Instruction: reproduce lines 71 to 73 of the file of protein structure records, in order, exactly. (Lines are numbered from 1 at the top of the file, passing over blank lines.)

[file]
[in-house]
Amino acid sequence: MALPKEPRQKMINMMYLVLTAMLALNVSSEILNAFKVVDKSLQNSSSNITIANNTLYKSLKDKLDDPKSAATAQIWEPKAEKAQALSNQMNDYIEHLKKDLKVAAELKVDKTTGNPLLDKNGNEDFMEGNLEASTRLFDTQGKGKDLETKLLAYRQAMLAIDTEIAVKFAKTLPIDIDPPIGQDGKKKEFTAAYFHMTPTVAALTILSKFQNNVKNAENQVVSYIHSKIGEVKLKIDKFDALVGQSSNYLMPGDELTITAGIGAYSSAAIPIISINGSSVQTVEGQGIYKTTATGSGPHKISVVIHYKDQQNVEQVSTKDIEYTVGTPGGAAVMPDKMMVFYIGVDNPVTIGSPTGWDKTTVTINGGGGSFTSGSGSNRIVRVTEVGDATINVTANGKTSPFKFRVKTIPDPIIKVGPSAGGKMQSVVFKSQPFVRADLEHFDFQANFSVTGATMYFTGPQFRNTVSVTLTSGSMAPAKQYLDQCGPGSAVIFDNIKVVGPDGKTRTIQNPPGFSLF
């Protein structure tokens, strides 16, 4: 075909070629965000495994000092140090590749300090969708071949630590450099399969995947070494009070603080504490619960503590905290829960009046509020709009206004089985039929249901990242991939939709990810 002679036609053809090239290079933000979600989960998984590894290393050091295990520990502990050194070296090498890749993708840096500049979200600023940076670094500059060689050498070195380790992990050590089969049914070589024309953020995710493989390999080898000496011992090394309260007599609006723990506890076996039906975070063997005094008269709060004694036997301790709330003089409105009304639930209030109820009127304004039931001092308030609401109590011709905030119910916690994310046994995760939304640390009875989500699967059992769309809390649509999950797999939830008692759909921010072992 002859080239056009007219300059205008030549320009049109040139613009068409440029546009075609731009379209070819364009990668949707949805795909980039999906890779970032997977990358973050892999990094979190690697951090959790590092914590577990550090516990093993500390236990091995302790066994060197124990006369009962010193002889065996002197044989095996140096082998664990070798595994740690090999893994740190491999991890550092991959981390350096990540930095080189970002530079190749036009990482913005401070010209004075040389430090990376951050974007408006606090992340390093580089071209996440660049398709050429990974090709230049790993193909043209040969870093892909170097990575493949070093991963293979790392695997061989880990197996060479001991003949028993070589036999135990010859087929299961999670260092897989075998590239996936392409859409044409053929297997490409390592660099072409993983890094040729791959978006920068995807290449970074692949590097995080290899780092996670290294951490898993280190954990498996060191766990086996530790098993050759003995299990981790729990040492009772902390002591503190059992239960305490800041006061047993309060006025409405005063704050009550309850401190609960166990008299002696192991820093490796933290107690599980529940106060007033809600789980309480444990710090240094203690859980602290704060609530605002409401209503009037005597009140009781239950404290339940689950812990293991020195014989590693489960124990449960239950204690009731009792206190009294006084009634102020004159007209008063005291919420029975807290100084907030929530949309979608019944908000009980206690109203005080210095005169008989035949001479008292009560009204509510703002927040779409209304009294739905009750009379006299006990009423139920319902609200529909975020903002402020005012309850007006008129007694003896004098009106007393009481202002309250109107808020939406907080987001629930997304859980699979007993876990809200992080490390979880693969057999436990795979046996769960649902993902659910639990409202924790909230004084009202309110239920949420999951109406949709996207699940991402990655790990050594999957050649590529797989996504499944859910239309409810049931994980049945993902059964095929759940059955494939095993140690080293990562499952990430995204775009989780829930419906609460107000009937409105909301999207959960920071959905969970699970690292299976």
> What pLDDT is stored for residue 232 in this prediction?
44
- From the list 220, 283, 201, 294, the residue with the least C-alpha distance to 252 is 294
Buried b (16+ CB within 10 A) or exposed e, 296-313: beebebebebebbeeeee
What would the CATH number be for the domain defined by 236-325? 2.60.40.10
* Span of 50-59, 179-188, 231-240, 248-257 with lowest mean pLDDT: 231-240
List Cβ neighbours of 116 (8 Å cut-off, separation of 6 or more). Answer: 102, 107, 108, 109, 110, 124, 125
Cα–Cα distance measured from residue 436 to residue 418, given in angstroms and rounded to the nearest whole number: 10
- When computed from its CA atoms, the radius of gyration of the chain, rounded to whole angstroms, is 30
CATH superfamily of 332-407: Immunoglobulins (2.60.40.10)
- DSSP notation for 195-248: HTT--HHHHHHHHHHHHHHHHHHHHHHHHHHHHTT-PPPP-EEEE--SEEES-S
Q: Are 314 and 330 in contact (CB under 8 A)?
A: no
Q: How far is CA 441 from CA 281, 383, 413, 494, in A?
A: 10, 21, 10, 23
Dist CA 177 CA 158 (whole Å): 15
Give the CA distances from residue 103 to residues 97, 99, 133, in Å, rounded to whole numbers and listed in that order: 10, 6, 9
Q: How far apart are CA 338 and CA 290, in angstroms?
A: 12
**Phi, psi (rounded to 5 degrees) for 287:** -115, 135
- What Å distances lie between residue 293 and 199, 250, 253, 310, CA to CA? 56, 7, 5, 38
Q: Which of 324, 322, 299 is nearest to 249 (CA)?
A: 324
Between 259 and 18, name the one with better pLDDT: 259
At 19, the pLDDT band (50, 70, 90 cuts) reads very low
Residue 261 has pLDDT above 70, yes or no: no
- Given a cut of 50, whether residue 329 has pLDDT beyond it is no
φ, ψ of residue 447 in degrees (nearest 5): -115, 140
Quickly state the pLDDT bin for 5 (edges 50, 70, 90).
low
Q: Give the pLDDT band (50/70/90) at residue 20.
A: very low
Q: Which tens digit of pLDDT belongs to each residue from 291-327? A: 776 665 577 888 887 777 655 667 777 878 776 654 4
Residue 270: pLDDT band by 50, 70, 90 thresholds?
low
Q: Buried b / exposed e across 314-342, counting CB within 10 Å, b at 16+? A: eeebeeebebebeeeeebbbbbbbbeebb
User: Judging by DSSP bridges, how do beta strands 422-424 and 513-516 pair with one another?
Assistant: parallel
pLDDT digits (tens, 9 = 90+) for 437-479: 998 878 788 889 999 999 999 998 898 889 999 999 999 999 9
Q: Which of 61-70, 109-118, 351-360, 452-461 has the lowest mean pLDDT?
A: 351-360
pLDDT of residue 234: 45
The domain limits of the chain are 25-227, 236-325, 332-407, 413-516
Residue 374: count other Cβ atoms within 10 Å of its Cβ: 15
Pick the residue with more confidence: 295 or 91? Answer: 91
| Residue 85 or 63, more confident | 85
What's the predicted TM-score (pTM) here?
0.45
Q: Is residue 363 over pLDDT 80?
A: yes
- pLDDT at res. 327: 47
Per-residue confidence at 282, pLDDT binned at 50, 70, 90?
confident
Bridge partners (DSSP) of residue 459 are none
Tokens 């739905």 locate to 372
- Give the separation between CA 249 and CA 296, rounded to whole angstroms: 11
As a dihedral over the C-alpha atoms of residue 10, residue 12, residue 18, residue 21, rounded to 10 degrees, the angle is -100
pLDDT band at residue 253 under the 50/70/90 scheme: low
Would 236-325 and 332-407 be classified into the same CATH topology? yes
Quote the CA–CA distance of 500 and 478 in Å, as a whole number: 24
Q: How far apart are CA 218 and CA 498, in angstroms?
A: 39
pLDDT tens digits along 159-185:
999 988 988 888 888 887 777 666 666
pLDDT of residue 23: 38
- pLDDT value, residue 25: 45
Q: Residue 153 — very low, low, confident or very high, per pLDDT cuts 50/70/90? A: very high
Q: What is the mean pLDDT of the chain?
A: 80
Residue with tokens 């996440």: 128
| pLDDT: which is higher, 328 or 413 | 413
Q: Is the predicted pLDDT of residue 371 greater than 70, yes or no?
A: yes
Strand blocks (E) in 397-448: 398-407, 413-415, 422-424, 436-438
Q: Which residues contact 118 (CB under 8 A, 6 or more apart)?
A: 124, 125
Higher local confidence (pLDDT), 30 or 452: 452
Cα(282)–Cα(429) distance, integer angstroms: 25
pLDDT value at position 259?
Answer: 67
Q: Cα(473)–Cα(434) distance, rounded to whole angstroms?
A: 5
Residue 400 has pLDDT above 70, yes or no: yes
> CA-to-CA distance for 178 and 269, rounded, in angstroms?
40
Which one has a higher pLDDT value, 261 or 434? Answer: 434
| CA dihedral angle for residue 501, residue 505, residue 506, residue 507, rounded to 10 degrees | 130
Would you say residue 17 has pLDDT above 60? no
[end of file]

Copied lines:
Q: What is the mean pLDDT of the chain?
A: 80
Residue with tokens 């996440």: 128